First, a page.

Understandably, the cyber insurance community prioritises most of its time talking about ransomware...as this is, in-part, responsible for the deteriorating loss ratios currently being experienced by the market. There is also a lot of public noise around ransomware...with unfortunate victims being put up in lights on various social media and news channels.

Firmware attacks tend to be a more private affair, initially. There are of course cases where a firmware vulnerability is exploited to perpetrate a wide-reaching ransomware attack - like the Robinhood exploits against various US states in 2019. 

Firmware is the source code which controls the hardware components to a computer. We often hear of the application layer or operating systems targeted by malware/ransomware...as these can be distributed at scale with immediate ROI for the perpetrator. A firmware attack is more akin to a APT attack (Advanced Persistent Threat)...get in, get under the hood, monitor - pick a particularly devasting moment - and then deploy the a-bomb. It might be a ransomware packet, it might be wiperware, it might be data theft, or corporate espionage. Either way, it's targeted, and so by nature...really rather effective and potentially damaging.  If you're a large corporate with a well-protected perimeter, but an under-funded/secured firmware layer...this could be far more devasting than a traditional application based, ransomware attack...simply due to the breath of network access afforded by the firmware layer.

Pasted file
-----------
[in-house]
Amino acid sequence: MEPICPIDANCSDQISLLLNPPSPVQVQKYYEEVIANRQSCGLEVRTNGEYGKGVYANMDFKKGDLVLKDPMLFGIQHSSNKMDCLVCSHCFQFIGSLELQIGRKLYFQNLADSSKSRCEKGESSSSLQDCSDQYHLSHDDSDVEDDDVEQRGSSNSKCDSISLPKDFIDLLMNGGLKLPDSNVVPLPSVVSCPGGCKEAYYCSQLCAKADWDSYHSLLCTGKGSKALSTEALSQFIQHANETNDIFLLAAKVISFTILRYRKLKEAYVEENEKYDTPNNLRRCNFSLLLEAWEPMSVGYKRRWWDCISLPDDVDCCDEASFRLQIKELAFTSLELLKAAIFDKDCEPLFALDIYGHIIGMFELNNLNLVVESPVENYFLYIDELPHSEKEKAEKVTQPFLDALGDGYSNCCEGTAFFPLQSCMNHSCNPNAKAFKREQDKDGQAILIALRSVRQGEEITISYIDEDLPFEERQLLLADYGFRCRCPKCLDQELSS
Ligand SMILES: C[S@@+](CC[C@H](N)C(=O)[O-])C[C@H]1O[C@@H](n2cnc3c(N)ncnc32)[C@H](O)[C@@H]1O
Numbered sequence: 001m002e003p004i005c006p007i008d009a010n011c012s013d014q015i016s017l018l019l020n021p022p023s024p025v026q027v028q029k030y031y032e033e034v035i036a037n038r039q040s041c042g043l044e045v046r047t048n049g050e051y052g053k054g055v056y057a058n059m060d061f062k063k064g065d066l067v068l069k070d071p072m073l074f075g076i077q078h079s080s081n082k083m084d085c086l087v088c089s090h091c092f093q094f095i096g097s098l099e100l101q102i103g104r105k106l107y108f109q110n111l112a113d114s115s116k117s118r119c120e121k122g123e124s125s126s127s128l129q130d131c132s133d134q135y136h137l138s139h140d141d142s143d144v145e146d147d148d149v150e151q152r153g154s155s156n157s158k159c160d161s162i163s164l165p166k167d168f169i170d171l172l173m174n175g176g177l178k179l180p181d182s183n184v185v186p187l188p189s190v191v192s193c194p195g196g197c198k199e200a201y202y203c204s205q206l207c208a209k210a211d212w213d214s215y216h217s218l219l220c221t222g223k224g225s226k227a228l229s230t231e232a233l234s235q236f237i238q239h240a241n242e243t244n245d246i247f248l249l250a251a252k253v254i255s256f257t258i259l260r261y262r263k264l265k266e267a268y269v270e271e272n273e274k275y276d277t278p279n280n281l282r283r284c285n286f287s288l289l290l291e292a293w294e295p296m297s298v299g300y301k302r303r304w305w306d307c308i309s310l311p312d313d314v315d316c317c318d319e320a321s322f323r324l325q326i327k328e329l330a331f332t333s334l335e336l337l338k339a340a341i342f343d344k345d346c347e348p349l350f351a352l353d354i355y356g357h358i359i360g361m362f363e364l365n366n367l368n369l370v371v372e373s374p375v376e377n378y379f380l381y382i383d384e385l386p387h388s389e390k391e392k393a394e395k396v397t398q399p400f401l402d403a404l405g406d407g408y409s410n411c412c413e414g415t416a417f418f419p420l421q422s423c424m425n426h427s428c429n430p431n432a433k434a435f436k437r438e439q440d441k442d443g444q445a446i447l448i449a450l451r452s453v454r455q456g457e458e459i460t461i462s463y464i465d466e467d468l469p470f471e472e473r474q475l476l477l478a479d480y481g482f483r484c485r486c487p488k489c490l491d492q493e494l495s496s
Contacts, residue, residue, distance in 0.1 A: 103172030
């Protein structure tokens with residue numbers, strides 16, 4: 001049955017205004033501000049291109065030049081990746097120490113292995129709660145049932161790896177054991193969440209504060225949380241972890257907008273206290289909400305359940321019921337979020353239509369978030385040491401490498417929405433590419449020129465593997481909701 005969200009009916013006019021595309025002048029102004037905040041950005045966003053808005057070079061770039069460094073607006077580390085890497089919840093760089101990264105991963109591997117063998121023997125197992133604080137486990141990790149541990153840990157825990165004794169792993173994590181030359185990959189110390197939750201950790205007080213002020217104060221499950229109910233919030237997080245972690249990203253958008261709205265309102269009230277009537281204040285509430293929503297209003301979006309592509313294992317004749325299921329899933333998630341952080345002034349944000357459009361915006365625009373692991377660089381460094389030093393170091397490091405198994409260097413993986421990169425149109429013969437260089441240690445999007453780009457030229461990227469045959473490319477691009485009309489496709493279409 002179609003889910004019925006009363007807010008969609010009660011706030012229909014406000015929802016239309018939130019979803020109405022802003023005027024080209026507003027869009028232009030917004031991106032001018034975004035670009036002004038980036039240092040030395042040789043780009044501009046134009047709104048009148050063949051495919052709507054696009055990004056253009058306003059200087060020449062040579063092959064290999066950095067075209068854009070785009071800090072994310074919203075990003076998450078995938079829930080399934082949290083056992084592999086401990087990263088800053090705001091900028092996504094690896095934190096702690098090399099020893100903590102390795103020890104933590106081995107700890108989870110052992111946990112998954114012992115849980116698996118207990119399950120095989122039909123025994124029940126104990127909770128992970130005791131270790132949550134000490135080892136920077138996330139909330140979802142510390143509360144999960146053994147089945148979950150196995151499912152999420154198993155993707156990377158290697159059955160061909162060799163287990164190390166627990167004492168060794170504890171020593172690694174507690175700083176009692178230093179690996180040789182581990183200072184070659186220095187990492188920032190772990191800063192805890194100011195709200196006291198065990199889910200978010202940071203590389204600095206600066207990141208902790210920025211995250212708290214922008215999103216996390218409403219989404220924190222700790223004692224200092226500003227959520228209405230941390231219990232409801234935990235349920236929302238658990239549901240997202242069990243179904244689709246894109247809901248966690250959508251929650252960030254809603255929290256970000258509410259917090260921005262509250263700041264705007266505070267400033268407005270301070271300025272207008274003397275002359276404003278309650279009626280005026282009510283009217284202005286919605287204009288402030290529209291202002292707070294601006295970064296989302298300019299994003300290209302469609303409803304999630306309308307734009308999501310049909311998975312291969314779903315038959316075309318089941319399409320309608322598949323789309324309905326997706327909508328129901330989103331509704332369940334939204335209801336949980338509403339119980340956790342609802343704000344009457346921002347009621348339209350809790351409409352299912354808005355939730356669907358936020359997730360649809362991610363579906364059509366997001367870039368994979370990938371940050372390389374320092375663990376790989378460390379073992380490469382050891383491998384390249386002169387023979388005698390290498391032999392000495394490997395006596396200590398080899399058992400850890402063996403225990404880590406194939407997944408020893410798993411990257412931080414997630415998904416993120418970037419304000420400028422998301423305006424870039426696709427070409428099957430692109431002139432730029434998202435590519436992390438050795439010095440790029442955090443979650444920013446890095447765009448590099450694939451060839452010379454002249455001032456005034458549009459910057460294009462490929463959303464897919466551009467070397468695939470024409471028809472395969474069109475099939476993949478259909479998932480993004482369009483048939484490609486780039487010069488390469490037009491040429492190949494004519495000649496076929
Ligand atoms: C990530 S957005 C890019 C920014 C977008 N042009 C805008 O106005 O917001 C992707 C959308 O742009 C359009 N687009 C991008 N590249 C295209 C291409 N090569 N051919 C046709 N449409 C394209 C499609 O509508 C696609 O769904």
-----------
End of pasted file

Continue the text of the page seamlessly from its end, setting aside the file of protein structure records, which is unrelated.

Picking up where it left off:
With many of our customers in the large corporate space, this topic certainly seems worth a little more of the spotlight.